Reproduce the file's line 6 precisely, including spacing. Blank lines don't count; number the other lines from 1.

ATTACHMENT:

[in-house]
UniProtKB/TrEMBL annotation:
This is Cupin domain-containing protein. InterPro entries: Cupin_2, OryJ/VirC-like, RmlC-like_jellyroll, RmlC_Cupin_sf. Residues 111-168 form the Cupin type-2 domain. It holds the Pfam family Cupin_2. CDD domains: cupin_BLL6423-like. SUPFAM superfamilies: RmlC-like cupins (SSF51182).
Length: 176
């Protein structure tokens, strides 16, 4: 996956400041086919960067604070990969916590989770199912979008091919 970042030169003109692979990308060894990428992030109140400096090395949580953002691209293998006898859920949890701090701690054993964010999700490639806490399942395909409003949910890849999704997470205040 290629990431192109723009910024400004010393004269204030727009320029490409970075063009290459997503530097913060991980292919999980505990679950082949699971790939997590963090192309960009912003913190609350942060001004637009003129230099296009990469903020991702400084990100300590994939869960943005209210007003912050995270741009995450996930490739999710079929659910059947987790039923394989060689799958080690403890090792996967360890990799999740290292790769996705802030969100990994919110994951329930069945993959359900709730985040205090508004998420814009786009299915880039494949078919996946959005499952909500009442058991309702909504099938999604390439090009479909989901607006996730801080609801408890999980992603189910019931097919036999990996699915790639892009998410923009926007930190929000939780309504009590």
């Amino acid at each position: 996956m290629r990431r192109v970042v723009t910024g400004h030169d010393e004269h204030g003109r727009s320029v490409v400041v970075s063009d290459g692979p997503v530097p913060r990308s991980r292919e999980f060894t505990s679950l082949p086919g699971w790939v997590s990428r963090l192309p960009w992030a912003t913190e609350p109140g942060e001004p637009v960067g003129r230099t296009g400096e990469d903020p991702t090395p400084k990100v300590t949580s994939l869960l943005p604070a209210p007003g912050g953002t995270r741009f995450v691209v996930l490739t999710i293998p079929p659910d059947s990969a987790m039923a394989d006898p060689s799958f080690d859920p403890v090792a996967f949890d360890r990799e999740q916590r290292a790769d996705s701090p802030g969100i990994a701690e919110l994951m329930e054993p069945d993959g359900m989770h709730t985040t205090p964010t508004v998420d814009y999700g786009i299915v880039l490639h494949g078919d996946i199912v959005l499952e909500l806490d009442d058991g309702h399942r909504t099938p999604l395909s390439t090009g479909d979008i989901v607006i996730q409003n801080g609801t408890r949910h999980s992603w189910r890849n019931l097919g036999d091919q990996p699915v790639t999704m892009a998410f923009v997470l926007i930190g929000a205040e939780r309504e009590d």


């Amino acid at each position: 996956m290629r990431r192109v970042v723009t910024g400004h030169d010393e004269h204030g003109r727009s320029v490409v400041v970075s063009d290459g692979p997503v530097p913060r990308s991980r292919e999980f060894t505990s679950l082949p086919g699971w790939v997590s990428r963090l192309p960009w992030a912003t913190e609350p109140g942060e001004p637009v960067g003129r230099t296009g400096e990469d903020p991702t090395p400084k990100v300590t949580s994939l869960l943005p604070a209210p007003g912050g953002t995270r741009f995450v691209v996930l490739t999710i293998p079929p659910d059947s990969a987790m039923a394989d006898p060689s799958f080690d859920p403890v090792a996967f949890d360890r990799e999740q916590r290292a790769d996705s701090p802030g969100i990994a701690e919110l994951m329930e054993p069945d993959g359900m989770h709730t985040t205090p964010t508004v998420d814009y999700g786009i299915v880039l490639h494949g078919d996946i199912v959005l499952e909500l806490d009442d058991g309702h399942r909504t099938p999604l395909s390439t090009g479909d979008i989901v607006i996730q409003n801080g609801t408890r949910h999980s992603w189910r890849n019931l097919g036999d091919q990996p699915v790639t999704m892009a998410f923009v997470l926007i930190g929000a205040e939780r309504e009590d």